About Vermont Cheese

Vermont cheese makers have made a commitment to a lifestyle and the result is award-winning artisan and farmstead cheese that reflects tradition, dedication and a sense of place. Tasting cheese on the farm is quite a different experience than tasting it in a store, a restaurant or standing at your kitchen counter. The smell of the animals in the barn, the view of the verdant fields, and sight of farmers moving fences for crop rotation or tenderly ushering their animals no milking stalls - these are the special ingredients that make Vermont Cheese so exceptional.

Two hundred years ago, every Vermont farm had an average of a dozen cows and made their own butter and cheese. During the mid-1800's, milk was brought to cheese co-ops, centrally located factories that elevated farmstead operations to a more commercial venture. These co-ops turned milk into butter and cheese, primarily Cheddar, as a way to extend the season and preserve milk that would otherwise spoil.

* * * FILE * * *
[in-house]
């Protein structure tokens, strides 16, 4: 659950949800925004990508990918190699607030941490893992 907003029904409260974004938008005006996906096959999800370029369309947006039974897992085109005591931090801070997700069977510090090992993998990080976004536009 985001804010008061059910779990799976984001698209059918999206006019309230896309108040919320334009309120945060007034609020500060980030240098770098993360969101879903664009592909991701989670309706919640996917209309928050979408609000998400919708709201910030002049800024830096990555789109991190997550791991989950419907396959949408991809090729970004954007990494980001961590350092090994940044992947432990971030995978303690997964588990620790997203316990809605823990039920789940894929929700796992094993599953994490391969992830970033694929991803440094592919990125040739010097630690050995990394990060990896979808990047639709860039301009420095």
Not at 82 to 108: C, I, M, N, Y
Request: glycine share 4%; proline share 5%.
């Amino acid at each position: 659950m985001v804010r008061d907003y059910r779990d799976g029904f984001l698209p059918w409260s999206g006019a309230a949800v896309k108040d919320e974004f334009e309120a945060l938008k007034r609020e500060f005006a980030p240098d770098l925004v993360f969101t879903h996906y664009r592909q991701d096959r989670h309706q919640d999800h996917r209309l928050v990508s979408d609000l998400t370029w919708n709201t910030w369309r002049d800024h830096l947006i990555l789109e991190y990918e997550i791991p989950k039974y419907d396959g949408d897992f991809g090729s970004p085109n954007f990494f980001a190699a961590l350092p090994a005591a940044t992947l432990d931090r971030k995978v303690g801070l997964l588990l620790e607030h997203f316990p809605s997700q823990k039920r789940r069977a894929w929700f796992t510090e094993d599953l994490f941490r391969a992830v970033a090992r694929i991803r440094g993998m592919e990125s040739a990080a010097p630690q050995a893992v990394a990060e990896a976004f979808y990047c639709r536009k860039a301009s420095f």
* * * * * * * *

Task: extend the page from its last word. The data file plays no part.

Chunks of ice were the only forms of refrigeration in the early 1900's, until the refrigerated truck entered the scene after World War II. Starting in 1952, milk was collected by truck and bottled for redistribution throughout New England. Lately cheese making has again become a farmhouse activity, with only a few of the original cheese makers, such as Crowley Cheese (est. 1824), and Grafton Cheese Company (est. 1892), Cabot Creamery (est.1893), remaining.

More information:
H ow cheese is made
Visit some local cheese farmsl
The History of Vermont Cheese

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